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Poplarville Board of Aldermen says “Yes” to Utility Authority

The Poplarville Board of Aldermen approved a contract for the Pearl River County Utility Authority to provide part of the water needed by the City of Poplarville.

The Authority and the Board of Aldermen met Tuesday evening to discuss issues raised last week about the addition of the city to area the utility authority will supply with water. Poplarville retains control over that portion of its water system that was in place prior to the establishment of the utility authority.

The board was presented with an amended contract that guaranteed the city’s right to consume water from the utility’s supply, guaranteed sufficient water quantity to serve 1,600 residential connections and obligated slightly more than 19 million gallons of water per month to the city.

The board had met with the utility authority last week and questions were raised about the amount of water that would be available to the city if the city accepted the utility authority’s proposal.

“We did meet the day after (last week’s meeting), … and what we were looking at was how much water we could get into the city,” said city engineer Don Walker.

“We believe we have worked out the solution to the concerns about the amount of water the utility authority could provide the town. … The engineering concerns have been answered,” said Les Dungan of Dungan Engineering.

Walker said one of the problems dealt with an alternative to valving off the city’s current water supply.

“One way obviously to do that is to let the authority’s tank be an overriding tank,” said Walker.

Walker said this would require an altitude valve on the existing Cumberland tank and a pressure valve at the outflow line of the utility authority’s tank. Walker said there really is no way to know exactly how much water the city can get at different times, but that the city would receive the benefits of both tanks at peak demand times.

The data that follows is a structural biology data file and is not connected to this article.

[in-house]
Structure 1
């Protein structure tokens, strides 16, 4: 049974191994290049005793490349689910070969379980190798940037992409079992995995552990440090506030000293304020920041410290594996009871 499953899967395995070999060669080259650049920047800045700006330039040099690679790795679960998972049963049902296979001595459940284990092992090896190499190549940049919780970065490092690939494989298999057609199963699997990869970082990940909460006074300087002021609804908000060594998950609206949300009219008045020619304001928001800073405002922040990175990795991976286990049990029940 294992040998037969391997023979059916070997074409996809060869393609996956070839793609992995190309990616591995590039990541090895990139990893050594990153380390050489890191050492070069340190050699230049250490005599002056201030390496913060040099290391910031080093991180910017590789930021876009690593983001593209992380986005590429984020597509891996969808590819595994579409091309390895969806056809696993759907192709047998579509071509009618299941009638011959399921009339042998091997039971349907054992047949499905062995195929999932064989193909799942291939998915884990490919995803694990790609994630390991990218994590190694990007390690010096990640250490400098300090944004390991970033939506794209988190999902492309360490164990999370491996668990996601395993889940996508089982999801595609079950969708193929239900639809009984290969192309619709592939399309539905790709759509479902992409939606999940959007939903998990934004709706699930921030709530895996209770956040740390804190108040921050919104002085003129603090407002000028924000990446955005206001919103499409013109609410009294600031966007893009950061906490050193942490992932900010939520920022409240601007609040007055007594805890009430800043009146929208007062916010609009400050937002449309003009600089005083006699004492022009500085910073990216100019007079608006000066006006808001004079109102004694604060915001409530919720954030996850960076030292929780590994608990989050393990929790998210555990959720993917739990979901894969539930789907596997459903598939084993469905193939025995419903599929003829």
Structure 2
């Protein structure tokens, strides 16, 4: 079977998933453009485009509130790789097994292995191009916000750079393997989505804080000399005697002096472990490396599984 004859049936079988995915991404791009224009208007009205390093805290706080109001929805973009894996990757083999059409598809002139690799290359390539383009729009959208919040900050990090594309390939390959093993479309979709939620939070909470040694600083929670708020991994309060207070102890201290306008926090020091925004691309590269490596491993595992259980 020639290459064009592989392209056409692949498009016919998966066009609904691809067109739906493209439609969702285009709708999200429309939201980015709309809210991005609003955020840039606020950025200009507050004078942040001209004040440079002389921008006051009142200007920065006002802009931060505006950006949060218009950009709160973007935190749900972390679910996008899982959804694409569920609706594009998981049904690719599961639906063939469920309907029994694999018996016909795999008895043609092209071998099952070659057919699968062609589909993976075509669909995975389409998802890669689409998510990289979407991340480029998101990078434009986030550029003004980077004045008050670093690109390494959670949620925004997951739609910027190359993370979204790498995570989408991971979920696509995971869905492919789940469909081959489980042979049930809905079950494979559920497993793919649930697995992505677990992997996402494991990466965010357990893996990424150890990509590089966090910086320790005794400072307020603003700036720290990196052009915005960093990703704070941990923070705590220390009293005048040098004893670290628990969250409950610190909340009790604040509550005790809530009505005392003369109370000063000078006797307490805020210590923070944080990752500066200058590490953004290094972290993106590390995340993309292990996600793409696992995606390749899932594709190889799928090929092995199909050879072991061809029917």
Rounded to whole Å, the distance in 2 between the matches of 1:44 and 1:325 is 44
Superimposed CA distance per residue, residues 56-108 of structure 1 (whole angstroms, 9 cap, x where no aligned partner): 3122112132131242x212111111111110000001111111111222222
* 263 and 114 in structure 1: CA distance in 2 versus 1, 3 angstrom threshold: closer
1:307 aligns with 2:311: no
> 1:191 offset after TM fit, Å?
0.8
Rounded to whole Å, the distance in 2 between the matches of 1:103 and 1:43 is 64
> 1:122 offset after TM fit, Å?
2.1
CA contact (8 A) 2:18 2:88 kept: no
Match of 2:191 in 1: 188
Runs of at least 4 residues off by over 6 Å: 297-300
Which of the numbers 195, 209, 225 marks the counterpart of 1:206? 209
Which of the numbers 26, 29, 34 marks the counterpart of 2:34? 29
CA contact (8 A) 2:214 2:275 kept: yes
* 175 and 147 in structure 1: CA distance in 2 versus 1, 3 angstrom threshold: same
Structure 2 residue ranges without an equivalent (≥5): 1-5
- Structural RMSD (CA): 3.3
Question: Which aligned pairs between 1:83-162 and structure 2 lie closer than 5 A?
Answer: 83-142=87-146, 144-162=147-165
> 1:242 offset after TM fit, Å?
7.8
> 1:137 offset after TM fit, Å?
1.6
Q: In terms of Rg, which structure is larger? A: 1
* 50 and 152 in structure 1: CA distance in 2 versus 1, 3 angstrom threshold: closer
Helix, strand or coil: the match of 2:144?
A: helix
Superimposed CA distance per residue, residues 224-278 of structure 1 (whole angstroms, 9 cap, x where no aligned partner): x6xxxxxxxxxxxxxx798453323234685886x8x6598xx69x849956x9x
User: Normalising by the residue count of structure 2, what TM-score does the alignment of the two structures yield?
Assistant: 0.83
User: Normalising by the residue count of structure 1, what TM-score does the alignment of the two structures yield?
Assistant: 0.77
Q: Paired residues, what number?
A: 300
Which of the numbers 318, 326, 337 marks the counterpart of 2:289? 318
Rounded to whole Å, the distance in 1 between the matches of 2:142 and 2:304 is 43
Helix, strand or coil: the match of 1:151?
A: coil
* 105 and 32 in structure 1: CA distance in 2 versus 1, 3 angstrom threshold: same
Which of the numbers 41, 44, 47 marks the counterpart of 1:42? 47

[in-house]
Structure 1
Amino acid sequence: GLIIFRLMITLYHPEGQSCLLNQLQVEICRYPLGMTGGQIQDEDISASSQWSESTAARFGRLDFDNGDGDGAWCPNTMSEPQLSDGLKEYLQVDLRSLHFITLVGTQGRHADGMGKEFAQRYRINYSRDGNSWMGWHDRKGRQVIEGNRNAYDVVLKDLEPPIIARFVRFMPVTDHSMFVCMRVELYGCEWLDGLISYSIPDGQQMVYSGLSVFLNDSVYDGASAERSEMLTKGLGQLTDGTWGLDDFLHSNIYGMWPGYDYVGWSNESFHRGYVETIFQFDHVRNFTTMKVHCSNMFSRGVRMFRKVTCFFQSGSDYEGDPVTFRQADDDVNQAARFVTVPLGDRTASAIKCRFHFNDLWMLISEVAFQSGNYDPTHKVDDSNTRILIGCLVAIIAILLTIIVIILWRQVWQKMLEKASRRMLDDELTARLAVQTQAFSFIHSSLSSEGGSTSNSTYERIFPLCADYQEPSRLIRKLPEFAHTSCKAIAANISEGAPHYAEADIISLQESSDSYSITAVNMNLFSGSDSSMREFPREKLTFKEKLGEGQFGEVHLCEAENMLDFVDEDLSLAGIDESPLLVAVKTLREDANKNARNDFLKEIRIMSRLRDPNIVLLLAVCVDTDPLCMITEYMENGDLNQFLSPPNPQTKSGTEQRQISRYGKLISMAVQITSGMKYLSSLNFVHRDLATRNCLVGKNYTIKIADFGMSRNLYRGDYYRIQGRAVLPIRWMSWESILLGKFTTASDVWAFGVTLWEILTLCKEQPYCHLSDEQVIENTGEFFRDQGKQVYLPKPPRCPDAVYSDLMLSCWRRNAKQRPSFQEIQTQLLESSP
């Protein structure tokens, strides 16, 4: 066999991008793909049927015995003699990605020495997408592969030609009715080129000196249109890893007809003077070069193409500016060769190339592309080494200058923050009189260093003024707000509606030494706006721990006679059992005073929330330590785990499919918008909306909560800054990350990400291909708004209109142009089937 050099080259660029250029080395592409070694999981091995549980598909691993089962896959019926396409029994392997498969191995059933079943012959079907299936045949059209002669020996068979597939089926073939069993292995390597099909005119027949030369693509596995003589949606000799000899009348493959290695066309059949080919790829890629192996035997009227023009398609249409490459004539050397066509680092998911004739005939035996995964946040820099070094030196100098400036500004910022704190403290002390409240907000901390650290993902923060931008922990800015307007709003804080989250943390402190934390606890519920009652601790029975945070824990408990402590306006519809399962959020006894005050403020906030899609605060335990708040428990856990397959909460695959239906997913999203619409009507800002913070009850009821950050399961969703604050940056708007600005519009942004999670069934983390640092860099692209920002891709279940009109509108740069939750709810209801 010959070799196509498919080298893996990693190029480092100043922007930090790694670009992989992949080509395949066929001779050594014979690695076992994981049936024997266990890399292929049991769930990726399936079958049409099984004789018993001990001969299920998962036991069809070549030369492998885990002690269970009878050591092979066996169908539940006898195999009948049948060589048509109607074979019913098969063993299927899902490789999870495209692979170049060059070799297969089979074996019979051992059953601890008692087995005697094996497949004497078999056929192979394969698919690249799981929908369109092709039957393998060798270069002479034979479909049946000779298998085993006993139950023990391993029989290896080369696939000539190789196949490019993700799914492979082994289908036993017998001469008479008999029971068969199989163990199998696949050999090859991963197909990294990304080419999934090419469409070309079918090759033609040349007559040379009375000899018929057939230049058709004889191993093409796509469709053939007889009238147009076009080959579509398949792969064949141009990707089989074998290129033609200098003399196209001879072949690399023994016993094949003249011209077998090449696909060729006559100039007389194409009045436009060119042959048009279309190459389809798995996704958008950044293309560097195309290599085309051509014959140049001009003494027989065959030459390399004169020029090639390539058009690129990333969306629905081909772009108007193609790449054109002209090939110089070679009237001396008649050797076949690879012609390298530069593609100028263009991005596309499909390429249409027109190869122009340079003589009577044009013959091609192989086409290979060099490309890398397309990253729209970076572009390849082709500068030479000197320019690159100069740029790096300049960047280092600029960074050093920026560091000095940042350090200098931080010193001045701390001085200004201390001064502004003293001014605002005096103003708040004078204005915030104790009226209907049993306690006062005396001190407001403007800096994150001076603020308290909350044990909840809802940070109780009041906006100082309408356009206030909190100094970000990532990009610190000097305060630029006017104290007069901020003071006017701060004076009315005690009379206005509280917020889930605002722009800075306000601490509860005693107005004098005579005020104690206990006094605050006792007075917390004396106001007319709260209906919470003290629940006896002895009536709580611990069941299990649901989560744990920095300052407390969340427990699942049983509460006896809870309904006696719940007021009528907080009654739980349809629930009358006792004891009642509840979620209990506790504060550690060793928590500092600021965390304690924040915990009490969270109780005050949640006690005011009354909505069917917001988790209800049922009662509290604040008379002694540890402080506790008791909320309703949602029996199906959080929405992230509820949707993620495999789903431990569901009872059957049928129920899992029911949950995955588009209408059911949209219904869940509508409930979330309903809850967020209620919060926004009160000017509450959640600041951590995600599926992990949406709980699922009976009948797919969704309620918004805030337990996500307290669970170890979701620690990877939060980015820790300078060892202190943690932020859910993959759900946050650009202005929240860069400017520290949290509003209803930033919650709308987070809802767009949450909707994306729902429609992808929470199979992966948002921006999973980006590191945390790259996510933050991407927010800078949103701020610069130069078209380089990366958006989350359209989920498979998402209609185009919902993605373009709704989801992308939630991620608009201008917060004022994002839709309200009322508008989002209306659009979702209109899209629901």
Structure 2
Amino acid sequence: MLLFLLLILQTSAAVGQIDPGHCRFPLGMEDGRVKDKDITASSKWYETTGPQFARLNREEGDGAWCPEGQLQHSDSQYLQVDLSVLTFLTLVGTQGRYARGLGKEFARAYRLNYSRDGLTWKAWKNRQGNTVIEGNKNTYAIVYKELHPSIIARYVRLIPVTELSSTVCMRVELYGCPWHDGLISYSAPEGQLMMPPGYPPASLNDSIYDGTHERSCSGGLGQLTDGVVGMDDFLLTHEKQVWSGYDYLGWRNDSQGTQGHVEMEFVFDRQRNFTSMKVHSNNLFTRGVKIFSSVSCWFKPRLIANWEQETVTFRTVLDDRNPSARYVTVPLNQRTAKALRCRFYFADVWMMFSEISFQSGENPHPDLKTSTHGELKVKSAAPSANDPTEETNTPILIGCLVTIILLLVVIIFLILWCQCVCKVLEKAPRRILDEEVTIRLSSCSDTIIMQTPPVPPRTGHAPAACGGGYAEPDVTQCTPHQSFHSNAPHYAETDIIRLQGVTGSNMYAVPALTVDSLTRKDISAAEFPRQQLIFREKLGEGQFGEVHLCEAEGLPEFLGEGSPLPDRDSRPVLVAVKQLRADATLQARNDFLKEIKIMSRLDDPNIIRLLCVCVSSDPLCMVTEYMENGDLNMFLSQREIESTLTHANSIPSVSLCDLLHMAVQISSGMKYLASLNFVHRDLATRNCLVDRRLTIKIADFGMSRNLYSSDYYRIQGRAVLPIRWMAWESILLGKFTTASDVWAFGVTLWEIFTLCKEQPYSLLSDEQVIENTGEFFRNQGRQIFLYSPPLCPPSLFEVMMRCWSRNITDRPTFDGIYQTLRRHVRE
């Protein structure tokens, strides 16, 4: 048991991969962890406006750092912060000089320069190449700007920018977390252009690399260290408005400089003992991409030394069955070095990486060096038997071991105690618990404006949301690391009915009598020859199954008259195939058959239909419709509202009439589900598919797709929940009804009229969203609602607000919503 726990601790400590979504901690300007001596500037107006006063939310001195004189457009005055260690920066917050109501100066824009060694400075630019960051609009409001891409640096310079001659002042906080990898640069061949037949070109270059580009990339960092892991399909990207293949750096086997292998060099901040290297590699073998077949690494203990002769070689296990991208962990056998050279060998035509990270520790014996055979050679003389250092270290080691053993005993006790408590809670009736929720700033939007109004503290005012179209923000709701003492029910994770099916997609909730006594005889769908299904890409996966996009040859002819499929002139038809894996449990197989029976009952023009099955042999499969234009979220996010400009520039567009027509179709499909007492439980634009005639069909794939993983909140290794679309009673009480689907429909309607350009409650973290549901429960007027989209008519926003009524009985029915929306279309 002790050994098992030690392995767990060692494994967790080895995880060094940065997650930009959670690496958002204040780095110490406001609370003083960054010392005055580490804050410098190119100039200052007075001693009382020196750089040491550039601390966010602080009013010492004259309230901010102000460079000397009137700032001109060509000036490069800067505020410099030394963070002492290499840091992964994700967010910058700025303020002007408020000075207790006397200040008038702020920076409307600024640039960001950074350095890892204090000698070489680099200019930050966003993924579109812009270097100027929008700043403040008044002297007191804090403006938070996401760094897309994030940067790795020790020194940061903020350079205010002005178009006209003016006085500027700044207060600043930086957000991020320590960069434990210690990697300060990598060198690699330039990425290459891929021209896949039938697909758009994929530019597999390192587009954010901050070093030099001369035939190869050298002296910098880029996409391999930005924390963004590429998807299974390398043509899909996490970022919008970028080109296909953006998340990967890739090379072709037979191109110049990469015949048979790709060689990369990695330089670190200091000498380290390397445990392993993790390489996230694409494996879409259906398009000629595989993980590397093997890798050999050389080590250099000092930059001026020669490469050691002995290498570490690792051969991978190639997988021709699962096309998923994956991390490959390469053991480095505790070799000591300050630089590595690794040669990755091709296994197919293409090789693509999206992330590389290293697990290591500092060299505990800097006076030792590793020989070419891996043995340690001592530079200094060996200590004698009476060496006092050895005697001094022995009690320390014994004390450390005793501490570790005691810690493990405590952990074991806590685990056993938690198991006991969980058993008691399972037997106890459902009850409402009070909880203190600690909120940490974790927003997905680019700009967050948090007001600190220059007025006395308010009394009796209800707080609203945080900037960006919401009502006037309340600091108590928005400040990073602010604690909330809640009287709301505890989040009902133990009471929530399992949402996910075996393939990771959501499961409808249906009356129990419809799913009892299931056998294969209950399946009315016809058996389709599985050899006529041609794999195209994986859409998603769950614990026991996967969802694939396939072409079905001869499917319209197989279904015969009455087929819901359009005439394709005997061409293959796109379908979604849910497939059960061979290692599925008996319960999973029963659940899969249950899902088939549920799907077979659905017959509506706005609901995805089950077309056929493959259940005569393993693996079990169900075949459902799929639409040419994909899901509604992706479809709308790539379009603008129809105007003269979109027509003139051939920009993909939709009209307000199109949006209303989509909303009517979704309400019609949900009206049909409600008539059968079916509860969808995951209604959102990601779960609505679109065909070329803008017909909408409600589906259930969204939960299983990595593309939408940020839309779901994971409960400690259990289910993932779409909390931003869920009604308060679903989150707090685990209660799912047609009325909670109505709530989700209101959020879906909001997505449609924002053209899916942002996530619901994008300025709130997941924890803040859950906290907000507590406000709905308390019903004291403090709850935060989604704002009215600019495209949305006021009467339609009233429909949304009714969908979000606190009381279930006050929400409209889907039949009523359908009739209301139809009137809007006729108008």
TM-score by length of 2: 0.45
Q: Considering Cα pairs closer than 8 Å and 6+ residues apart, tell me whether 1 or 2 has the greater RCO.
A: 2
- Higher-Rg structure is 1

Utility authority president Steve Lawler told the mayor and aldermen that the authority wants to make sure that Poplarville residents receive the value out of the water supply that they are paying for.

“If we cannot create value for you, then it’s not a good situation,” said Lawler. “It would appear to me that there ought to be a way that this authority and this board can get together to improve the water system in the city of Poplarville and give the city of Poplarville a fair and equitable value for their water system.”

Alderman Shirley Wiltshire was concerned about the utility authority’s fees that would be assessed on new taps on the system in addition to the city’s current fees.

“We’re allotting so many taps within the city, so why should they pay another fee that we already know they’re allotted taps for?” asked Wiltshire.

“We don’t want to charge those fees, but if we don’t, we’re going to end up not having enough money to do what we have to do,” said Lawler. “It would’ve been great if the legislature would have provided funding for the utility authorities, but they didn’t.”

Brooks Wallace, an engineer with Dungan Engineering, presented the board with a spreadsheet that explained the rate structure.

“The theoretical design volume that we can give you with 1,600 connections is 19.2 million gallons. That’s the maximum that we can give you with the 1,600 connections that we’re reserving for the City of Poplarville,” said Wallace.

Wallace said the minimum required usage will be one-third of the maximum capacity, which averages out to be about 6.4 million gallons. The rate for the minimum usage will be $1.35 per thousand gallons, with overage cost at $.50 per thousand.

City Superintendent of Maintenance Sam Hale asked how could they tell if the Cumberland tank was accumulating stagnant water.

Wallace said a meter would be put at the Cumberland tank so the city and utility authority can keep track of how much water was being turned over.

Another issue raised was what the usage of an altitude valve at the Cumberland tank would do for the city’s fire flow.

“It’s my understanding the altitude valve will prevent your tank from overflowing. … Under fire flow conditions, you have a pressure drop because of the demand which allows your Cumberland tank to come online in a full sense. It won’t restrict the amount of water your tank will contribute to a fire flow condition,” Dungan said.

“When we take our tank off-line, will we have sufficient water to provide the protection of the citizens of Poplarville? I want to make sure that Poplarville is protected,” Alderman Bill Winborn asked.

“We’re not going to leave you or do something to you that would cause you to not be able to protect the citizens of Poplarville,” said Lawler.

After the discussion, the board voted to approve the contract with the utility authority, with Alderman John Sherman abstaining from the vote.

“There’s some lingering questions,” said Alderman John Grant, Jr., “but there are always going to be. … You can’t engineer all uncertainty out of any project.”

Wiltshire asked how soon the city could start getting taps on the utility authority’s water.

Utility authority attorney Jeffrey Holliman said the contract has to go to the Mississippi Department of Environmental Quality for approval but that he hopes it will be expedited.